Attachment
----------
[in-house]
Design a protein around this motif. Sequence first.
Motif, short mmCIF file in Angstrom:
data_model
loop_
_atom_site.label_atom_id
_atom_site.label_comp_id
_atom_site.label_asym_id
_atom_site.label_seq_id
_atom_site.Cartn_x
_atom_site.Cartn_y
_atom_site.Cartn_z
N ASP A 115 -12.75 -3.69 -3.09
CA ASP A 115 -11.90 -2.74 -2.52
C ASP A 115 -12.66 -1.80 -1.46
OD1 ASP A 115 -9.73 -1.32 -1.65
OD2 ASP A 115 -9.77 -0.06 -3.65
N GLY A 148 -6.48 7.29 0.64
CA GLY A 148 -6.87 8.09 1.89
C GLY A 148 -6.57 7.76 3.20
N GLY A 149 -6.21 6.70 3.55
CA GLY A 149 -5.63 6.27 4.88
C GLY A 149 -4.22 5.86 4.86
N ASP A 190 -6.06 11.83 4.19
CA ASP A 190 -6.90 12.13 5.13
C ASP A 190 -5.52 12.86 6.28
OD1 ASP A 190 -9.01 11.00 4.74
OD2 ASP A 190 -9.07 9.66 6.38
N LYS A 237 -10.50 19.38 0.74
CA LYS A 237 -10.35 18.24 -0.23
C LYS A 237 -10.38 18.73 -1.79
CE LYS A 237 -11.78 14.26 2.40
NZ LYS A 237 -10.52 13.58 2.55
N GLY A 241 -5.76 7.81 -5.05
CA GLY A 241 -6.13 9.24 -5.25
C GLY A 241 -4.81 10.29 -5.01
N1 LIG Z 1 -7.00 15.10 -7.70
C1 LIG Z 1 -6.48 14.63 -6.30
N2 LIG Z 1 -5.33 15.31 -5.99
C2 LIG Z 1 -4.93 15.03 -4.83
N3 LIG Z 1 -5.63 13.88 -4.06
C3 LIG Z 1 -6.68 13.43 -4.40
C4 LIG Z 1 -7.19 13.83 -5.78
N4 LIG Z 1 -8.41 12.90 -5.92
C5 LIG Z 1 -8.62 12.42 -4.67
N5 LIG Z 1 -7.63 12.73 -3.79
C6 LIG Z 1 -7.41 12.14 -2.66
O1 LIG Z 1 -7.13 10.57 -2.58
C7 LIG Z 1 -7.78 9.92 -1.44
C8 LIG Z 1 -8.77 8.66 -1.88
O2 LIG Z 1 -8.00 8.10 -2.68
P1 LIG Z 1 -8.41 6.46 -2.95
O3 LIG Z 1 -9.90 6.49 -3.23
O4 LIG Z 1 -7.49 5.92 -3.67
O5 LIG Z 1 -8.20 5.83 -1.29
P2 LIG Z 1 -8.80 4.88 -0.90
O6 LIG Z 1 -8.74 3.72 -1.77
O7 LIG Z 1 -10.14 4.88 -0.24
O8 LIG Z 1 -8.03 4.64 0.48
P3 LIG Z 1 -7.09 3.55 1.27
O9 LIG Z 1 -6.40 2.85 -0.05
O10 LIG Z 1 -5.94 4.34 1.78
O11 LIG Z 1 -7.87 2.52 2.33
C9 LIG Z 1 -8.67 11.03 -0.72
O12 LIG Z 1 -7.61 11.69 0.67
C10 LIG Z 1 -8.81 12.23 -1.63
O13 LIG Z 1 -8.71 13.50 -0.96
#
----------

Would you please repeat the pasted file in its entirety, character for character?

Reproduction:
[in-house]
Design a protein around this motif. Sequence first.
Motif, short mmCIF file in Angstrom:
data_model
loop_
_atom_site.label_atom_id
_atom_site.label_comp_id
_atom_site.label_asym_id
_atom_site.label_seq_id
_atom_site.Cartn_x
_atom_site.Cartn_y
_atom_site.Cartn_z
N ASP A 115 -12.75 -3.69 -3.09
CA ASP A 115 -11.90 -2.74 -2.52
C ASP A 115 -12.66 -1.80 -1.46
OD1 ASP A 115 -9.73 -1.32 -1.65
OD2 ASP A 115 -9.77 -0.06 -3.65
N GLY A 148 -6.48 7.29 0.64
CA GLY A 148 -6.87 8.09 1.89
C GLY A 148 -6.57 7.76 3.20
N GLY A 149 -6.21 6.70 3.55
CA GLY A 149 -5.63 6.27 4.88
C GLY A 149 -4.22 5.86 4.86
N ASP A 190 -6.06 11.83 4.19
CA ASP A 190 -6.90 12.13 5.13
C ASP A 190 -5.52 12.86 6.28
OD1 ASP A 190 -9.01 11.00 4.74
OD2 ASP A 190 -9.07 9.66 6.38
N LYS A 237 -10.50 19.38 0.74
CA LYS A 237 -10.35 18.24 -0.23
C LYS A 237 -10.38 18.73 -1.79
CE LYS A 237 -11.78 14.26 2.40
NZ LYS A 237 -10.52 13.58 2.55
N GLY A 241 -5.76 7.81 -5.05
CA GLY A 241 -6.13 9.24 -5.25
C GLY A 241 -4.81 10.29 -5.01
N1 LIG Z 1 -7.00 15.10 -7.70
C1 LIG Z 1 -6.48 14.63 -6.30
N2 LIG Z 1 -5.33 15.31 -5.99
C2 LIG Z 1 -4.93 15.03 -4.83
N3 LIG Z 1 -5.63 13.88 -4.06
C3 LIG Z 1 -6.68 13.43 -4.40
C4 LIG Z 1 -7.19 13.83 -5.78
N4 LIG Z 1 -8.41 12.90 -5.92
C5 LIG Z 1 -8.62 12.42 -4.67
N5 LIG Z 1 -7.63 12.73 -3.79
C6 LIG Z 1 -7.41 12.14 -2.66
O1 LIG Z 1 -7.13 10.57 -2.58
C7 LIG Z 1 -7.78 9.92 -1.44
C8 LIG Z 1 -8.77 8.66 -1.88
O2 LIG Z 1 -8.00 8.10 -2.68
P1 LIG Z 1 -8.41 6.46 -2.95
O3 LIG Z 1 -9.90 6.49 -3.23
O4 LIG Z 1 -7.49 5.92 -3.67
O5 LIG Z 1 -8.20 5.83 -1.29
P2 LIG Z 1 -8.80 4.88 -0.90
O6 LIG Z 1 -8.74 3.72 -1.77
O7 LIG Z 1 -10.14 4.88 -0.24
O8 LIG Z 1 -8.03 4.64 0.48
P3 LIG Z 1 -7.09 3.55 1.27
O9 LIG Z 1 -6.40 2.85 -0.05
O10 LIG Z 1 -5.94 4.34 1.78
O11 LIG Z 1 -7.87 2.52 2.33
C9 LIG Z 1 -8.67 11.03 -0.72
O12 LIG Z 1 -7.61 11.69 0.67
C10 LIG Z 1 -8.81 12.23 -1.63
O13 LIG Z 1 -8.71 13.50 -0.96
#